Glossary of Literary Terms and Devices

Dissonance: discord or incongruity of sounds

Double Entendre: deliberate ambiguity as to the meaning of a phrase, with one meaning being straightforward and another meaning often being risqué

Elision: the omitting of one or more sounds in a word, may be used to portray a character’s actual speech or to preserve a rhythm in poetry; contractions are examples of elision

Epanalepsis: where a phrase begins and ends with the same wording, lending emphasis; “He is noticeable for nothing in the world except for the markedness by which he is noticeable for nothing” from Poe’s “The Literati of New York City”

Epigraph: motto or quotation at the beginning of a book, poem, chapter, etc. that often indicates the theme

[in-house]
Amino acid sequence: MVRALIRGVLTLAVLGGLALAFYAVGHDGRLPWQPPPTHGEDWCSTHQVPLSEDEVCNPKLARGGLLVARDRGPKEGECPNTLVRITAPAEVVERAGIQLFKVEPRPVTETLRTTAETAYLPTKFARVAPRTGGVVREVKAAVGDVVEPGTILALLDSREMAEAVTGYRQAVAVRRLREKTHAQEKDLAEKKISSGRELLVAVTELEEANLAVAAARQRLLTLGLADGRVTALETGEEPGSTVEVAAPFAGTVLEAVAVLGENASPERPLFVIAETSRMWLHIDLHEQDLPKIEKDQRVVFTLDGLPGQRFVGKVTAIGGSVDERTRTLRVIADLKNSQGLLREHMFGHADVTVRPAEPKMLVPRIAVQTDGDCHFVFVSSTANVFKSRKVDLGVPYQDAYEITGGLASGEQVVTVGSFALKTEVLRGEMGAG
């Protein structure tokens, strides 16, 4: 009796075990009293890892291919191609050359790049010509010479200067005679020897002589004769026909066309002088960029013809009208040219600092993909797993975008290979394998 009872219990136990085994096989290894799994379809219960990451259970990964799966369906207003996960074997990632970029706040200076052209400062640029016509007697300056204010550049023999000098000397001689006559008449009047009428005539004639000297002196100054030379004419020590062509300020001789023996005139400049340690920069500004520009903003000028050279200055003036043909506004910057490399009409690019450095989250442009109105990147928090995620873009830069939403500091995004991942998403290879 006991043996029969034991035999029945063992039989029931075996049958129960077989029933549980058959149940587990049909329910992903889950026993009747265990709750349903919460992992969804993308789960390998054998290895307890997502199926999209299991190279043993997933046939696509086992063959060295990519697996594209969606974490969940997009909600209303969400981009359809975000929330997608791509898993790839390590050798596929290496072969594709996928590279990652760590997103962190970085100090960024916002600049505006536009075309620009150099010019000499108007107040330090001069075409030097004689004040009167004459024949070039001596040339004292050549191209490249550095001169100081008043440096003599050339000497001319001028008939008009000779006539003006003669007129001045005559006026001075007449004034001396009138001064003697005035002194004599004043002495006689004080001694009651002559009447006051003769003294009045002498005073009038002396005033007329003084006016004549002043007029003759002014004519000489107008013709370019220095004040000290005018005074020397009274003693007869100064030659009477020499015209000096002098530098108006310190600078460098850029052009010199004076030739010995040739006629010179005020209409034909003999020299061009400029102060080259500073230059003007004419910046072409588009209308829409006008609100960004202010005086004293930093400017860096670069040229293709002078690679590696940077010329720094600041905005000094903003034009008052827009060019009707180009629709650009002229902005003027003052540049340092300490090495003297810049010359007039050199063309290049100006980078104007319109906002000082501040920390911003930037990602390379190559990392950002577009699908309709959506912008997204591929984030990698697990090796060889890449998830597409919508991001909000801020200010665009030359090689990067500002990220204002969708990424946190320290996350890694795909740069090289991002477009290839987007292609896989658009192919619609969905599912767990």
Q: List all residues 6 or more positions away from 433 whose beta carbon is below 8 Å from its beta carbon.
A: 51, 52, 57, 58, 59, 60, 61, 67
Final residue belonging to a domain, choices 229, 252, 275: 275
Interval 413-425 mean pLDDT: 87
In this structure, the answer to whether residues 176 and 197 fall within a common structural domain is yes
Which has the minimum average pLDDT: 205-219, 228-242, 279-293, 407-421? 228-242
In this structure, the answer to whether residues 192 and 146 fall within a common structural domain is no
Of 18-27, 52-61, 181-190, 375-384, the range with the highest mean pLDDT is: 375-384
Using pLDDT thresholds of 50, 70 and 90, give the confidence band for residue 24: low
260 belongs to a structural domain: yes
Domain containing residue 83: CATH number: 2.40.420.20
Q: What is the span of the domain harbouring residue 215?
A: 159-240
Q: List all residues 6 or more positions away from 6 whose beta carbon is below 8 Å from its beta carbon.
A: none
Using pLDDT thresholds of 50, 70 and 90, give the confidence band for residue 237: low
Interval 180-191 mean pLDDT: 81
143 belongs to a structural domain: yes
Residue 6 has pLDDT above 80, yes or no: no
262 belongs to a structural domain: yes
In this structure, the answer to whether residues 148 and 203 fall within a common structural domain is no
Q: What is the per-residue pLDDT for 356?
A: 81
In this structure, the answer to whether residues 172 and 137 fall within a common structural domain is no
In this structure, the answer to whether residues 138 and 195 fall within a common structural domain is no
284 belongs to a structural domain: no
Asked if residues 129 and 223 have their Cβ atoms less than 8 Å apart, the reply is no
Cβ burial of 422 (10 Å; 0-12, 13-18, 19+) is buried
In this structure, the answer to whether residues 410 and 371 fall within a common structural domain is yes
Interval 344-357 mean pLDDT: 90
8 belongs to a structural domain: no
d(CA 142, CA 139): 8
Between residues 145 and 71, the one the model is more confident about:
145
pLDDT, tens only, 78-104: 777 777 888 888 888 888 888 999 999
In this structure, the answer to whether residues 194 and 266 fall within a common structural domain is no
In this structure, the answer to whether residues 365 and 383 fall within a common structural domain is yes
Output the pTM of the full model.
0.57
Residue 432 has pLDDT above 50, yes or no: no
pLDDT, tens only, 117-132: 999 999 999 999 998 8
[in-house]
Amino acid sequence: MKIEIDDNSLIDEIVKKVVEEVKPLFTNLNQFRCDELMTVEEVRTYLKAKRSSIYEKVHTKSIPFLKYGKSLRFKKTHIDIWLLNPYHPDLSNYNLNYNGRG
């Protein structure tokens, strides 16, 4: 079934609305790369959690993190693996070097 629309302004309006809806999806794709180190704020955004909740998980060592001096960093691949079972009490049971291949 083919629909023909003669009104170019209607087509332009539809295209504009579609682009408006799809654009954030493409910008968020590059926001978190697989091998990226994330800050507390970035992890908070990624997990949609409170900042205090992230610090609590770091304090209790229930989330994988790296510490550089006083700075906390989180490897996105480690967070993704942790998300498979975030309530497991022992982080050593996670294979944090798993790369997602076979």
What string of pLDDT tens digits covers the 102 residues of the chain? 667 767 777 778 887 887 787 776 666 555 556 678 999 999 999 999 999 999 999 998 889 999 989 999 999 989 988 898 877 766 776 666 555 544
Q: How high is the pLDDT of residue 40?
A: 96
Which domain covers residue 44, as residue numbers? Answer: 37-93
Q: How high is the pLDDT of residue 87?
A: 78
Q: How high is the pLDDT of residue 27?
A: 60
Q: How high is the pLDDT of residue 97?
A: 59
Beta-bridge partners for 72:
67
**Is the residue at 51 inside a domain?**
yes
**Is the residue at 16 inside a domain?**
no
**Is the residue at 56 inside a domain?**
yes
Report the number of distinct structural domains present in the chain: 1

Epithet: a word or phrase added to or substituted for the name of a deity or person

Eponym: a name (from a person, real or fictitious) so commonly associated with the attributes of its owner that it comes to symbolize those attributes; Benedict Arnold is associated with treason

Equivocate: to use ambiguous or unclear expressions, usually to mislead and deceive

Hyperbole: use of exaggeration or overstatement to heighten effect, not to be taken literally

Imagery: literary references to sensory impressions, making for immediacy and vividness; forms of compressed representation that work through comparison, allusion, or suggestion; tactile (touch), olfactory (smell), gustatory (taste), kinesthetic (sensations of movement)

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